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Carl Shulman (blog) is an effective altruist and a Research Associate at the Future of Humanity Institute.
Shulman has carried out investigations related to migration liberalization as a potentially promising strategic cause for philanthropists. Shulman is on friendly terms with some of the Open Borders people and an active participant at Open Borders Action Group, but is not formally affiliated with Open Borders: The Case.
A post titled A Long-run perspective on strategic cause selection and philanthropy co-written by Shulman with Nick Beckstead, November 5, 2013 identified migration liberalization as one of five strategic causes worth investigating (the list was not intended to be comprehensive):
What it is: By “immigration reform,” we mean loosening immigration restrictions in rich countries with stronger political institutions, especially for people who are migrating from poor countries with weaker political institutions. We include both efforts to allow more high-skill immigration and efforts to allow more immigration in general. Some people to talk to in this area include Michael Clemens, Lant Pritchett, and others at the Center for Global Development. Fwd.us and the Krieble Foundation are two examples of organizations working in this area.
Why we think it is promising: Many individual workers in poor countries could produce much more economic value and better realize their potential in other ways if they lived in rich countries, meaning that much of the world’s human capital is being severely underutilized. This claim is unusually well supported by basic economic theory and the views of a large majority of economists. Many concerns have been raised, but we think the most plausible ones involve political feasibility and political and cultural consequences of migration.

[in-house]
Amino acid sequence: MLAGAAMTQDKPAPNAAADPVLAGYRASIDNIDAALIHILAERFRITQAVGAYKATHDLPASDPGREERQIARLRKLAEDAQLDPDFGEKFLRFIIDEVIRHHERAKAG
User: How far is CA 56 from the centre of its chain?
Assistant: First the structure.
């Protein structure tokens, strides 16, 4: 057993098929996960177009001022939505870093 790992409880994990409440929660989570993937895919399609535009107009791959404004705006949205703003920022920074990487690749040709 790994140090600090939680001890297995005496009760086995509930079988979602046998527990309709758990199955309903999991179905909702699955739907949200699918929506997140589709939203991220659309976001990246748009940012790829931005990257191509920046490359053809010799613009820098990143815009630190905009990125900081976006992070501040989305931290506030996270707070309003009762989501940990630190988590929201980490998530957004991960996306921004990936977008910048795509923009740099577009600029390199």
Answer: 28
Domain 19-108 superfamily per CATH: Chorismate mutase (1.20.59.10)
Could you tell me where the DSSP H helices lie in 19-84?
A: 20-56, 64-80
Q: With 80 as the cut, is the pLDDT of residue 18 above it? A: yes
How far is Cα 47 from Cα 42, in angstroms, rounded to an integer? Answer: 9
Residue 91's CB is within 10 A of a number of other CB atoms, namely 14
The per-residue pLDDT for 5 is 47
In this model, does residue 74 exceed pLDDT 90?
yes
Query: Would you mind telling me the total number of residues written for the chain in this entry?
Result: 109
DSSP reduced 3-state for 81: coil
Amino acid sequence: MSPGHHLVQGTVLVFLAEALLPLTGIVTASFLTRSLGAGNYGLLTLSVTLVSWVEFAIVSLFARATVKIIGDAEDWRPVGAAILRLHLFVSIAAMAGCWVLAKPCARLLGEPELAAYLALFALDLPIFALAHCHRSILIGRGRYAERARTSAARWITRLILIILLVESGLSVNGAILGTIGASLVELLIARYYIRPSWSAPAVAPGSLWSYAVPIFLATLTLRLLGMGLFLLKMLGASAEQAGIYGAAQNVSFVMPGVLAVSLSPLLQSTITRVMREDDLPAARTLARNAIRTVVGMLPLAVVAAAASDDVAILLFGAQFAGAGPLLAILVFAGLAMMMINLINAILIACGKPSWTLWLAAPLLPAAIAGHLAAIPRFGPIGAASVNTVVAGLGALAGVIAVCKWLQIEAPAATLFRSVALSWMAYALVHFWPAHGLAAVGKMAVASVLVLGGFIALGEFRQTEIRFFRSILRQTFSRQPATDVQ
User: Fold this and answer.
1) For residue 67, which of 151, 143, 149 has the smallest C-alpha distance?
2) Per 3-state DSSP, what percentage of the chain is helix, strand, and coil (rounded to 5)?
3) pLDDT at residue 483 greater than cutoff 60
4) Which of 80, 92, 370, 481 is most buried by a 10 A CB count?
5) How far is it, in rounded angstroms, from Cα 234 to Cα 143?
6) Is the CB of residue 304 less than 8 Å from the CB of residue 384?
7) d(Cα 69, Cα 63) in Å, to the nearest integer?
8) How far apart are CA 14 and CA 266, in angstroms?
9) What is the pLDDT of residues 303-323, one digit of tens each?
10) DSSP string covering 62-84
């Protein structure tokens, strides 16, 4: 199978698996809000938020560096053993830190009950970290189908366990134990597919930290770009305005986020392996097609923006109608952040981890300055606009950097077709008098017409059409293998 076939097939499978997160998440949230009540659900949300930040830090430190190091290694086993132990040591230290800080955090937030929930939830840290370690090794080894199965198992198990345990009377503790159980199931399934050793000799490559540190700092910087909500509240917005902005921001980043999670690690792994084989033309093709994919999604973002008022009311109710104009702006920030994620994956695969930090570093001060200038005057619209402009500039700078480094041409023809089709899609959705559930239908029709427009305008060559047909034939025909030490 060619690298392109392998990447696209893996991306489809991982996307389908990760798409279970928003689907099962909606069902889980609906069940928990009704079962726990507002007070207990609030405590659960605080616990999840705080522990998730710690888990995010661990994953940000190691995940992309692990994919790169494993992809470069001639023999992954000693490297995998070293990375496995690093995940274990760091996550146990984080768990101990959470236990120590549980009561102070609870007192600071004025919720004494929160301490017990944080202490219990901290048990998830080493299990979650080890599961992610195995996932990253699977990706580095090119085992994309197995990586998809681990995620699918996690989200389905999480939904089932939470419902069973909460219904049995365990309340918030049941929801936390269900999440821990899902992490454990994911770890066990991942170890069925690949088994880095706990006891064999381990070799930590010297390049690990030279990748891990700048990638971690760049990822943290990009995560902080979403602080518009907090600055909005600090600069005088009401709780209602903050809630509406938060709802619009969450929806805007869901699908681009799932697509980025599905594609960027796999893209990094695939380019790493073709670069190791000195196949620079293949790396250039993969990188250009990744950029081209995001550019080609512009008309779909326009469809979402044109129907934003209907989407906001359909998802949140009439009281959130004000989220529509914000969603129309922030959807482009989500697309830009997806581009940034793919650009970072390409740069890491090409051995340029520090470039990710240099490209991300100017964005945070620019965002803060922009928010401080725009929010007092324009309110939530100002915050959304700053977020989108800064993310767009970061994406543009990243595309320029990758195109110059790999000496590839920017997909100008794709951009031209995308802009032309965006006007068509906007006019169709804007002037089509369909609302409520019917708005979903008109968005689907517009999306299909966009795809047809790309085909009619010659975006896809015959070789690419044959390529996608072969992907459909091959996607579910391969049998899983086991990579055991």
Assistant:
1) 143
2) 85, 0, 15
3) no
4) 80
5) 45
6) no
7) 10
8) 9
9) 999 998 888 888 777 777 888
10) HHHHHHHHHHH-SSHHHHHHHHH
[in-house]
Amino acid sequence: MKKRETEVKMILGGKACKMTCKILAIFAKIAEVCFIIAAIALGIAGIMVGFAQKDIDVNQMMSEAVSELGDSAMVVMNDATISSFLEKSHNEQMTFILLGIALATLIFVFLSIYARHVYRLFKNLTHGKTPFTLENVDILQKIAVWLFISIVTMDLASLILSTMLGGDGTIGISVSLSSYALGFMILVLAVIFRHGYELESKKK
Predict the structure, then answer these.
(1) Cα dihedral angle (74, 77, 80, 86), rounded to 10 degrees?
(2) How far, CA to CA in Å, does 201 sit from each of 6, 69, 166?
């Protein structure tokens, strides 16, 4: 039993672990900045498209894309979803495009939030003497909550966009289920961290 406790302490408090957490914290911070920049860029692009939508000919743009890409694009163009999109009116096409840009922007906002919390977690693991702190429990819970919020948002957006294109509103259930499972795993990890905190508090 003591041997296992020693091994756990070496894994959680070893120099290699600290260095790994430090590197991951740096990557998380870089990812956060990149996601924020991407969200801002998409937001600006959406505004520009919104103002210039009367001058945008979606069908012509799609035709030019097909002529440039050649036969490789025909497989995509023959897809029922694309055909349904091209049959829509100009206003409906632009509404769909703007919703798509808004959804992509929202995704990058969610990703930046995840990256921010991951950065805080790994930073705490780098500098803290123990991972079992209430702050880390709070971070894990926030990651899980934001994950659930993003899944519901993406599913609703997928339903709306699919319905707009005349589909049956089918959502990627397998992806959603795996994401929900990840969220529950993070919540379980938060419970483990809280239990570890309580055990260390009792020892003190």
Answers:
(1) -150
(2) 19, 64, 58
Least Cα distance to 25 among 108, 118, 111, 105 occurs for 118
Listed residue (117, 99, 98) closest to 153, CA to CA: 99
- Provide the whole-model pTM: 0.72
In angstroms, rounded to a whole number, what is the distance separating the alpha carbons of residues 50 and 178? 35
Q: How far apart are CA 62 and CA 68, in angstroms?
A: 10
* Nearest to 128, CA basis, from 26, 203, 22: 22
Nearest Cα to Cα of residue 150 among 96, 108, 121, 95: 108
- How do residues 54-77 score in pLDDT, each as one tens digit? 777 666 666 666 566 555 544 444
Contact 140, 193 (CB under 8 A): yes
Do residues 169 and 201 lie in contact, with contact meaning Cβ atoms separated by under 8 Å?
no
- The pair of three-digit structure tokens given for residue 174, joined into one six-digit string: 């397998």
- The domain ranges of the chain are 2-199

Shulman has made a number of blog posts about migration in the course of his investigation of migration liberalization.
- Upward and downward biases in the “double world GDP” estimates of the gains of open borders, January 26, 2014, referenced at the double world GDP page.
- How migration liberalization might eliminate most absolute poverty, May 27, 2014, linked at the end of poverty page.
- Migration levies and unskilled labor mobility in Singapore, May 7, 2014, referenced in Nathan Smith’s blog post Make More Singapores, May 13, 2014.
- What does migration to the United Arab Emirates tell us about labor mobility?, May 14, 2014.
- An earlier post (before the strategic cause selection post): Open borders in (at least) one (developed) country, July 4, 2013.
Shulman also participated in a conversation with Howard Adelman, academic and activist on issues related to refugees in Canada. The other participant in the conversation was Nick Beckstead. The conversation is listed on Nick Beckstead’s conversations page.